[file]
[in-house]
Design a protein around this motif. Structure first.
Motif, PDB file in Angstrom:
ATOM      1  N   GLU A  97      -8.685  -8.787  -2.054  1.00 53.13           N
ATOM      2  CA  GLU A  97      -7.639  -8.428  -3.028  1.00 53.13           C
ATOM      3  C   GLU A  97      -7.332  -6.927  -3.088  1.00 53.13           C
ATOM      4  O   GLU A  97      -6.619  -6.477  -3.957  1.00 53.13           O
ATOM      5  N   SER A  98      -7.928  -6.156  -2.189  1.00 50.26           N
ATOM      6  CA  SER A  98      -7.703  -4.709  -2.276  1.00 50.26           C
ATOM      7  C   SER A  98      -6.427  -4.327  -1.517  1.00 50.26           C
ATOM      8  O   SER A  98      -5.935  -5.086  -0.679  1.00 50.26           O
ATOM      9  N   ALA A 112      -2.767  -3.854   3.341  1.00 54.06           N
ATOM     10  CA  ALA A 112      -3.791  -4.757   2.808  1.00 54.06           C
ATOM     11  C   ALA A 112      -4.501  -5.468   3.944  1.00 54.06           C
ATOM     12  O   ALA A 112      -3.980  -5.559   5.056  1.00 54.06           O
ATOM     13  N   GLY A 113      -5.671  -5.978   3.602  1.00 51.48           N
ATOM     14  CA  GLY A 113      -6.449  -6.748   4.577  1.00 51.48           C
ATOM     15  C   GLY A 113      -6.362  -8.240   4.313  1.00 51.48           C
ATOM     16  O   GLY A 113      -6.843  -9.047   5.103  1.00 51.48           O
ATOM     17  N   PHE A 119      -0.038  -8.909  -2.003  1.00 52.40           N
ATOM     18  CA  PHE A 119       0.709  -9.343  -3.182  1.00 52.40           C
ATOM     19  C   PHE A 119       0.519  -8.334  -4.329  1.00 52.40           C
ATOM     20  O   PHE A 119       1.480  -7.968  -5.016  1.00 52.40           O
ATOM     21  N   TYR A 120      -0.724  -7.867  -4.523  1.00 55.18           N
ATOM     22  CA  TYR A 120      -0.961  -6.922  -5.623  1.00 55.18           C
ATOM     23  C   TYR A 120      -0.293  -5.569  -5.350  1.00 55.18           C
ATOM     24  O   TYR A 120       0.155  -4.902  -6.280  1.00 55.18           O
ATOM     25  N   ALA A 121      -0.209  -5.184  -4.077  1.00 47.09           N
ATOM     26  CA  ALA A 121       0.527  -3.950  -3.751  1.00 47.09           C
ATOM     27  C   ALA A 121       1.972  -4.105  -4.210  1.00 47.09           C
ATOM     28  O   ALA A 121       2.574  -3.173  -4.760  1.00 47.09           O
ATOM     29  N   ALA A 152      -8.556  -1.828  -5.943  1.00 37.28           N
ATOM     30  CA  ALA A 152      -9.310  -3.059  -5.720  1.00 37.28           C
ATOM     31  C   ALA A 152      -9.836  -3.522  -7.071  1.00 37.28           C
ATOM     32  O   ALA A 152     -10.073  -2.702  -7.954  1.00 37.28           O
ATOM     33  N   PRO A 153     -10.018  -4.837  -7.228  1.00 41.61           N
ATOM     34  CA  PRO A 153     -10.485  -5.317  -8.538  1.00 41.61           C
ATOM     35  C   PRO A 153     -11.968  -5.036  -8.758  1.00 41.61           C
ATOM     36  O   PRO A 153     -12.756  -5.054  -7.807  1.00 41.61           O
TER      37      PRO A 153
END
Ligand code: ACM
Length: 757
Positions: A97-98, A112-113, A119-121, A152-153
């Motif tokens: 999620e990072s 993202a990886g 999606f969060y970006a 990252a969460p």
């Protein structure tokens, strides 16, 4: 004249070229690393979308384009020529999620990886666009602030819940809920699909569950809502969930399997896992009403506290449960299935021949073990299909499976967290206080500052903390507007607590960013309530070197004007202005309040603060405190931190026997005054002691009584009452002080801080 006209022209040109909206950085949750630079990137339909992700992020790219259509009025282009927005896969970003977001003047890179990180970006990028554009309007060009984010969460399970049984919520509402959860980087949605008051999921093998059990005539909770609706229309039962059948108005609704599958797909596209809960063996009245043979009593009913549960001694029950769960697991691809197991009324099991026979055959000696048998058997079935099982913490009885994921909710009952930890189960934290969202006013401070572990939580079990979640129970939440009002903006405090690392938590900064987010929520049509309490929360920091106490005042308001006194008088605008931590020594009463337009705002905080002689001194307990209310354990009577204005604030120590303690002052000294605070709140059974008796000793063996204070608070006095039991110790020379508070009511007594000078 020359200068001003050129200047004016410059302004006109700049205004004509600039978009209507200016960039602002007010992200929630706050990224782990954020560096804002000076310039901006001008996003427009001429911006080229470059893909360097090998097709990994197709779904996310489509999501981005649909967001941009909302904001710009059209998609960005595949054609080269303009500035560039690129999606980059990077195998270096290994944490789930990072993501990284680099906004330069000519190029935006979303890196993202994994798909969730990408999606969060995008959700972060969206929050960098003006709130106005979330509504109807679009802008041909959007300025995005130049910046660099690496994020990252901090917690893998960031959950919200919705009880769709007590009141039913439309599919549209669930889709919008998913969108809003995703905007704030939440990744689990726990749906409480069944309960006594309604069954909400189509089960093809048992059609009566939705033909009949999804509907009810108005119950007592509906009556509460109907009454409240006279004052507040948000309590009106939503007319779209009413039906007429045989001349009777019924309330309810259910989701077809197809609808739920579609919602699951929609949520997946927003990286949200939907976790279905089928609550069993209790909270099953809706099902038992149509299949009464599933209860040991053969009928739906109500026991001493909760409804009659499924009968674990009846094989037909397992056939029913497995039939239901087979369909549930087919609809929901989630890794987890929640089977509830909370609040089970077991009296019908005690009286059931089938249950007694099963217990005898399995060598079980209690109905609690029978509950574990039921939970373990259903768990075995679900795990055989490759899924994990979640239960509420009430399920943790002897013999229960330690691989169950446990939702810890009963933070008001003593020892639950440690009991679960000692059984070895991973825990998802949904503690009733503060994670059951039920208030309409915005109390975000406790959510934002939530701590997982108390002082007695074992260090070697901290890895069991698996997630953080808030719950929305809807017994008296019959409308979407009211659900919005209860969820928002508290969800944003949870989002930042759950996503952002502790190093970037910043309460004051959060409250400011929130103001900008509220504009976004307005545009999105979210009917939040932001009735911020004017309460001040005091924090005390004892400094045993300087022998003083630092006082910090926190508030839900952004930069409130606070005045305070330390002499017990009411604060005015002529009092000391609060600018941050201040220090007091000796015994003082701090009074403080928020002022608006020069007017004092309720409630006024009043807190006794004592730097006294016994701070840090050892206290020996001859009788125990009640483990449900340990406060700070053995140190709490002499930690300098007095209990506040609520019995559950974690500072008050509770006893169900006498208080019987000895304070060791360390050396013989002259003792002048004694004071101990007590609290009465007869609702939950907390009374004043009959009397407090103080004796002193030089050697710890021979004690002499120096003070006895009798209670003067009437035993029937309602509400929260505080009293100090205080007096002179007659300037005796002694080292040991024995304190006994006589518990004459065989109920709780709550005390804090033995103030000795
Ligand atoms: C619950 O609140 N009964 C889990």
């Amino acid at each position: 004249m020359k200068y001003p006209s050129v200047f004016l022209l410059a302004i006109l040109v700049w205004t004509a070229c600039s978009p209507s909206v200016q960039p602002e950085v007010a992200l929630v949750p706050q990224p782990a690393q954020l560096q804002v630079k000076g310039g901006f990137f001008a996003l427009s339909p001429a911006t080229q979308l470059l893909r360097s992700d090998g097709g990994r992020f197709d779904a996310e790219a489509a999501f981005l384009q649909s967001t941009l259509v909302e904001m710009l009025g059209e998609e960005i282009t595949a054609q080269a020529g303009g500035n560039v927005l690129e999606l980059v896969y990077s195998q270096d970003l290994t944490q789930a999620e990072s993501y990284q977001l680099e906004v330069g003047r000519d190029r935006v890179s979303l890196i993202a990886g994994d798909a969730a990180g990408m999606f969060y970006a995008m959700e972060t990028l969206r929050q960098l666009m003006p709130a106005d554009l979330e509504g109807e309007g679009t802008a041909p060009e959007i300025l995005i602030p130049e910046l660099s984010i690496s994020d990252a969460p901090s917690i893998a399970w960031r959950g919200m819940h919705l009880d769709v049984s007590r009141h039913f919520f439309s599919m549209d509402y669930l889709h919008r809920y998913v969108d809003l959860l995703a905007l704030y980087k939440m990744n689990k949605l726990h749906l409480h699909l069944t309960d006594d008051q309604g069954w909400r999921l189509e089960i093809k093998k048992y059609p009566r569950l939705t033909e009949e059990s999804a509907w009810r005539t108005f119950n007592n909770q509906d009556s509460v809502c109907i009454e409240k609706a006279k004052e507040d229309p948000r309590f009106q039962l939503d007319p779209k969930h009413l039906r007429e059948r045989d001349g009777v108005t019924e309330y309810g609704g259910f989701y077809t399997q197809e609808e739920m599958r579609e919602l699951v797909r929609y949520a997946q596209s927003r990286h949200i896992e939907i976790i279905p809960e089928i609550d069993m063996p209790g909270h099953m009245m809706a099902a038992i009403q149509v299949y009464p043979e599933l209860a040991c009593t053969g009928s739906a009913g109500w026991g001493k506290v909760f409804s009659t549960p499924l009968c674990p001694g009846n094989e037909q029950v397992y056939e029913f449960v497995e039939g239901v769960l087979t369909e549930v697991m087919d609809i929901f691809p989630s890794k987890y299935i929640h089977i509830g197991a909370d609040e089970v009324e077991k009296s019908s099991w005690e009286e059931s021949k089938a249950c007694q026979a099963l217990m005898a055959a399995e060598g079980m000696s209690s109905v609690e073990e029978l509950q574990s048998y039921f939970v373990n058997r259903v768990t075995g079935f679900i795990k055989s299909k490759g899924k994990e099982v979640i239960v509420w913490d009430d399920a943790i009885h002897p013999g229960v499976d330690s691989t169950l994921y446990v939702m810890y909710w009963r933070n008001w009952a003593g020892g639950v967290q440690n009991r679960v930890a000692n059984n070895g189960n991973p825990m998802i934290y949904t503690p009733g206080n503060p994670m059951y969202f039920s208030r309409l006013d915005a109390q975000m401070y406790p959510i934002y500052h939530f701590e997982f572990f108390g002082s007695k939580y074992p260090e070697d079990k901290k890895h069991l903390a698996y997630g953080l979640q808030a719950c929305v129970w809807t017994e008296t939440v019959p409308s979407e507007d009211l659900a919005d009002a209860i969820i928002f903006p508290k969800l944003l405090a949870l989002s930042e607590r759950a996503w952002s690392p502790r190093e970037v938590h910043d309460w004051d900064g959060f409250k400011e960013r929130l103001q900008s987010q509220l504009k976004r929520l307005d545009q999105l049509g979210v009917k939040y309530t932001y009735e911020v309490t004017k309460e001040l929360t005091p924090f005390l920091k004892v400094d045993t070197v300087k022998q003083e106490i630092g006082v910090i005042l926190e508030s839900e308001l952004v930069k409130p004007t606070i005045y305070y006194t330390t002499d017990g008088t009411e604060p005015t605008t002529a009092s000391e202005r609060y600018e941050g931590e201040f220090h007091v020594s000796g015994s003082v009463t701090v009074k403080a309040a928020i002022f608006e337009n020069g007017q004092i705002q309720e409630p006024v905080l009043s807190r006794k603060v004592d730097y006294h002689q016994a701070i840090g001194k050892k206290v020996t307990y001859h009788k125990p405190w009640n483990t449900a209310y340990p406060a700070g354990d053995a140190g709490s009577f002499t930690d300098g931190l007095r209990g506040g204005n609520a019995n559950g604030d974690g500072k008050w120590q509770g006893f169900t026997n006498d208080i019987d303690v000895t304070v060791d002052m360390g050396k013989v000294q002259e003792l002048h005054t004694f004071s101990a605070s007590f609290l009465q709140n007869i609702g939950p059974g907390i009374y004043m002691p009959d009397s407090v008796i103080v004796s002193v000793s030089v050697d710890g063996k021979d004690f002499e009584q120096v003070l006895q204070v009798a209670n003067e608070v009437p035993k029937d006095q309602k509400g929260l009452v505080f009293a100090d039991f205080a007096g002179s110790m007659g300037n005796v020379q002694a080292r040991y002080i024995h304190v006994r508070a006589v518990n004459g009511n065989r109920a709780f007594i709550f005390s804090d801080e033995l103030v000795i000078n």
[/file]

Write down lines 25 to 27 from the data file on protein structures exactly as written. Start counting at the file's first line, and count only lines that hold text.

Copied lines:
ATOM     22  CA  TYR A 120      -0.961  -6.922  -5.623  1.00 55.18           C
ATOM     23  C   TYR A 120      -0.293  -5.569  -5.350  1.00 55.18           C
ATOM     24  O   TYR A 120       0.155  -4.902  -6.280  1.00 55.18           O